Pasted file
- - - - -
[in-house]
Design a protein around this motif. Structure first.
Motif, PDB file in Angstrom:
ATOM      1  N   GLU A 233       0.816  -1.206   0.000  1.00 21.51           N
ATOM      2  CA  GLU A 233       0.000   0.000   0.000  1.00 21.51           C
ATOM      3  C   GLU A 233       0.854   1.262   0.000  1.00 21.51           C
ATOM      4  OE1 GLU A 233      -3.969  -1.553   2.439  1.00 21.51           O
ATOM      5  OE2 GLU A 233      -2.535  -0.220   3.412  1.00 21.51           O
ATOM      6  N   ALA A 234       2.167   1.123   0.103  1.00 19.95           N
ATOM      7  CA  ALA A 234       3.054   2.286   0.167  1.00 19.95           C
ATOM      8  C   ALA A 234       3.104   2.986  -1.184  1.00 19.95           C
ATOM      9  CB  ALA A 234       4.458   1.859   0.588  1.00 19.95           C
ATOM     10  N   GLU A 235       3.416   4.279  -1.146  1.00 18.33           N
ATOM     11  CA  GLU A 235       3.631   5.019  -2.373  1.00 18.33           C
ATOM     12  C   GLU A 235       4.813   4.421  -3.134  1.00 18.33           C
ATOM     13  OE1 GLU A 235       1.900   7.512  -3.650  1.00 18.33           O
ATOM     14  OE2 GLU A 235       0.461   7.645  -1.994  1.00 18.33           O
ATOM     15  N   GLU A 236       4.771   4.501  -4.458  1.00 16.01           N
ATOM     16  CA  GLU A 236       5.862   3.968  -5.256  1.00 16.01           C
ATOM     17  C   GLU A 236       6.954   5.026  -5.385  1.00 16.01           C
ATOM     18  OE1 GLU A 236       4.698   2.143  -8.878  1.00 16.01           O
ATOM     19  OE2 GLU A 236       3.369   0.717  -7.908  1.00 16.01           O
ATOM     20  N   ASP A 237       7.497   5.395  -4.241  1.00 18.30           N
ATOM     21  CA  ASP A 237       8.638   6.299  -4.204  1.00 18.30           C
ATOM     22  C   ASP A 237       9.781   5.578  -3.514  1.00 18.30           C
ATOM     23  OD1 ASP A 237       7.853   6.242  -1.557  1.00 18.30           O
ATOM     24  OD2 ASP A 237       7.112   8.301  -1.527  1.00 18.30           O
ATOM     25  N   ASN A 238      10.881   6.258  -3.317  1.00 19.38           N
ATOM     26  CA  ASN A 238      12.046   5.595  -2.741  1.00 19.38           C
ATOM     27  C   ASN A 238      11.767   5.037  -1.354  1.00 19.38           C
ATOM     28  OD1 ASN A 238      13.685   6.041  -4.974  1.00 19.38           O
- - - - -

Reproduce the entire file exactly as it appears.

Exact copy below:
[in-house]
Design a protein around this motif. Structure first.
Motif, PDB file in Angstrom:
ATOM      1  N   GLU A 233       0.816  -1.206   0.000  1.00 21.51           N
ATOM      2  CA  GLU A 233       0.000   0.000   0.000  1.00 21.51           C
ATOM      3  C   GLU A 233       0.854   1.262   0.000  1.00 21.51           C
ATOM      4  OE1 GLU A 233      -3.969  -1.553   2.439  1.00 21.51           O
ATOM      5  OE2 GLU A 233      -2.535  -0.220   3.412  1.00 21.51           O
ATOM      6  N   ALA A 234       2.167   1.123   0.103  1.00 19.95           N
ATOM      7  CA  ALA A 234       3.054   2.286   0.167  1.00 19.95           C
ATOM      8  C   ALA A 234       3.104   2.986  -1.184  1.00 19.95           C
ATOM      9  CB  ALA A 234       4.458   1.859   0.588  1.00 19.95           C
ATOM     10  N   GLU A 235       3.416   4.279  -1.146  1.00 18.33           N
ATOM     11  CA  GLU A 235       3.631   5.019  -2.373  1.00 18.33           C
ATOM     12  C   GLU A 235       4.813   4.421  -3.134  1.00 18.33           C
ATOM     13  OE1 GLU A 235       1.900   7.512  -3.650  1.00 18.33           O
ATOM     14  OE2 GLU A 235       0.461   7.645  -1.994  1.00 18.33           O
ATOM     15  N   GLU A 236       4.771   4.501  -4.458  1.00 16.01           N
ATOM     16  CA  GLU A 236       5.862   3.968  -5.256  1.00 16.01           C
ATOM     17  C   GLU A 236       6.954   5.026  -5.385  1.00 16.01           C
ATOM     18  OE1 GLU A 236       4.698   2.143  -8.878  1.00 16.01           O
ATOM     19  OE2 GLU A 236       3.369   0.717  -7.908  1.00 16.01           O
ATOM     20  N   ASP A 237       7.497   5.395  -4.241  1.00 18.30           N
ATOM     21  CA  ASP A 237       8.638   6.299  -4.204  1.00 18.30           C
ATOM     22  C   ASP A 237       9.781   5.578  -3.514  1.00 18.30           C
ATOM     23  OD1 ASP A 237       7.853   6.242  -1.557  1.00 18.30           O
ATOM     24  OD2 ASP A 237       7.112   8.301  -1.527  1.00 18.30           O
ATOM     25  N   ASN A 238      10.881   6.258  -3.317  1.00 19.38           N
ATOM     26  CA  ASN A 238      12.046   5.595  -2.741  1.00 19.38           C
ATOM     27  C   ASN A 238      11.767   5.037  -1.354  1.00 19.38           C
ATOM     28  OD1 ASN A 238      13.685   6.041  -4.974  1.00 19.38           O